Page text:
By Michael Schwartz, MD
The goal of personalizing cancer treatments by targeting molecular alterations in tumors has seen rapid advances in the past 20 years. Knowledge of the mechanisms associated with cancer initiation and progression has recently improved with the increasing use of molecular techniques, enabling identification of alterations in cancer cells and subsequent development of therapeutic agents targeting these alterations. Central to the drive for personalized medicine is the need to develop specific diagnostic tests that facilitate identification of patients who are most likely to respond to a given treatment. Such tests have been referred to as “companion diagnostics” (CDx), and can play an essential role in outcome prediction as well as therapy monitoring.
The lifetime risk for colorectal carcinoma (CRC) is about five percent in developed countries. New molecular testing guidelines are currently being developed. Per the draft guideline, all patients with CRC being considered for treatment with the EGFR inhibitors cetuximab and panitumumab should undergo extended RAS mutational testing to predict their response to the drugs. The draft guideline calls for extended mutational analysis that includes KRAS and NRAS codons 12 and 13 of exon 2, codons 59 and 61 of exon 3, and codons 117 and 146 of exon 4. Studies have shown that patients who had mutations in KRAS exons 2, 3 and 4 and in NRAS exon 2 and 3 do not benefit from anti-EGFR therapy and could suffer from those agents. The guidelines are expected to recommend BRAF V600 mutation analysis in conjunction with deficient DNA mismatch repair/microsatellite instability (dMMR/MSI) testing for patients with metastatic colorectal carcinoma, and dMMR/MSI testing in all patients for prognostic stratification and identification of Lynch syndrome. The final guideline should be published in the near future.
For CRCs, TNM stage remains the best predictor of survival after resection and the key determinant of patient management. Nevertheless, stage-independent variability in clinical outcome is sometimes observed and likely due to molecular heterogeneity. This is particularly important in early stage CRC where patients can be potentially cured by surgery alone, and only a proportion derive benefit from adjuvant chemotherapy. For these patients, identification of prognostic molecular markers to supplement conventional staging can change management and outcomes. For example, CRCs with dMMR and MSI have a better stage-adjusted survival compared to proficient MMR or microsatellite stable tumors. In addition, most studies indicate that patients with stage II dMMR CRCs do not benefit from 5FU based chemotherapy and can be treated by surgery alone.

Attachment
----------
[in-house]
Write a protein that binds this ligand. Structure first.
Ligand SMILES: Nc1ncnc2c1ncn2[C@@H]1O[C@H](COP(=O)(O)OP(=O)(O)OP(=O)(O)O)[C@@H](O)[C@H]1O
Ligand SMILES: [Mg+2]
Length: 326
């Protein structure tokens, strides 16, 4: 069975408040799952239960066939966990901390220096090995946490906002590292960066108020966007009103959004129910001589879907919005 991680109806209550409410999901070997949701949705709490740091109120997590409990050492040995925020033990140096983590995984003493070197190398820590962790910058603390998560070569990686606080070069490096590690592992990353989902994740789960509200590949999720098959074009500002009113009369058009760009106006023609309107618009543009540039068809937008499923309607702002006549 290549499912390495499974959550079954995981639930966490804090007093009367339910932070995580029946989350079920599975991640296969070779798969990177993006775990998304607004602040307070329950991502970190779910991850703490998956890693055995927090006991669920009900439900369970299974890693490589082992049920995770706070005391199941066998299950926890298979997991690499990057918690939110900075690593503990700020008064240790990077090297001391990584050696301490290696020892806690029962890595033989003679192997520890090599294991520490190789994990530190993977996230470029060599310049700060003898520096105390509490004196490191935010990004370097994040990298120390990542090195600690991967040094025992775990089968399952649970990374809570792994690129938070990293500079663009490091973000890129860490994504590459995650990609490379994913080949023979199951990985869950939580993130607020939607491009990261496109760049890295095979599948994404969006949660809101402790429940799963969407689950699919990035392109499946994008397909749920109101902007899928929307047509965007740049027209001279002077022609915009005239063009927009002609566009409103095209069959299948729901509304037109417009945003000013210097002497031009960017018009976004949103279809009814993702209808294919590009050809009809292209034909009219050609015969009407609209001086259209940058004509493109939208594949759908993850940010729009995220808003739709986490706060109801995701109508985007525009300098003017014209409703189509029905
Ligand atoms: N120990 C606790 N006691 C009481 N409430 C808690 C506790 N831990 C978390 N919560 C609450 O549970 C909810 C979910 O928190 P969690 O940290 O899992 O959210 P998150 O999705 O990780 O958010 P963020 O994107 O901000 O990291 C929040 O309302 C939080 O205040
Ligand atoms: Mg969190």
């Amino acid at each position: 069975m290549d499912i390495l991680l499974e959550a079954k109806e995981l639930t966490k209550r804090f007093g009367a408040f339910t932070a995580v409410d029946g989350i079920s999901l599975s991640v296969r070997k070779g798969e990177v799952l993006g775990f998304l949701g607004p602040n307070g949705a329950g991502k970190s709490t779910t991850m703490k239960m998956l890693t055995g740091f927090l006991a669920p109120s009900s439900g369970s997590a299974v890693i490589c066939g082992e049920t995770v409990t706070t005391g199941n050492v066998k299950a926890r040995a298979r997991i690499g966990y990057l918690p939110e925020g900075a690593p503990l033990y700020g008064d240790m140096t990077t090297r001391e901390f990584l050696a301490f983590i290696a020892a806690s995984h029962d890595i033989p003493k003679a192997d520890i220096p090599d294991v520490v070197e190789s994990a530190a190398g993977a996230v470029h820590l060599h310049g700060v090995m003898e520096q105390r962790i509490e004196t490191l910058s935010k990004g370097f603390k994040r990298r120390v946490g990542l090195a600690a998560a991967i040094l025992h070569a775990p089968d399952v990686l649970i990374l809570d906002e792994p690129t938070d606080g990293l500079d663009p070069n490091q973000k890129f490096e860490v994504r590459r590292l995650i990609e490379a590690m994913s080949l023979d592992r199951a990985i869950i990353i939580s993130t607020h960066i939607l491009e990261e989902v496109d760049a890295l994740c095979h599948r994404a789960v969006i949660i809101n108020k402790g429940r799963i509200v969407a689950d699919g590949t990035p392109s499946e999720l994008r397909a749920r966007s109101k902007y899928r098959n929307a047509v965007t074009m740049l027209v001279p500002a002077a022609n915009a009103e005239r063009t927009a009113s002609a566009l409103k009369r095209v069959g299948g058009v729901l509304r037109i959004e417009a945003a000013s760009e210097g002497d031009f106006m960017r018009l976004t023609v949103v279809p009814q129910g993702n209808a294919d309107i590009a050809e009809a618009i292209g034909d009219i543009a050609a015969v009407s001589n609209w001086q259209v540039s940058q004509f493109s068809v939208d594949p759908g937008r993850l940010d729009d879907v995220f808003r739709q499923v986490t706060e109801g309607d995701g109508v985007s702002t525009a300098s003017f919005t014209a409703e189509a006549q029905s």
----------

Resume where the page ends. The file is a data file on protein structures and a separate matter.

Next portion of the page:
A recent article (N Engl J Med 2016;374:211-222) identified a subgroup of patients with stage II colon cancer who appeared to benefit from adjuvant chemotherapy. In this study, those whose CRC lacked nuclear expression of CDX2 (a master regulator of intestinal development) by immunohistochemistry were associated with a lower rate of five-year disease-free survival than CDX2 positive tumors. Furthermore, the rate of five-year disease-free survival was higher among patients with stage II CDX2-negative tumors who were treated with adjuvant chemotherapy than among patients who were not treated with adjuvant chemotherapy.
Companion diagnostics are continuing to evolve in CRC, where they are becoming an essential tool for selecting the most appropriate personalized therapeutic treatment.
Dr. Schwartz attended medical school at SUNY Upstate Medical University in Syracuse, NY and completed his residency in combined Anatomic and Clinical Pathology at the University of Pittsburgh Medical Center where he was Chief Resident and later a staff pathologist. He is a member of Peninsula Pathology Associates and works at Riverside Regional Medical Center in Newport News. ppapathology.com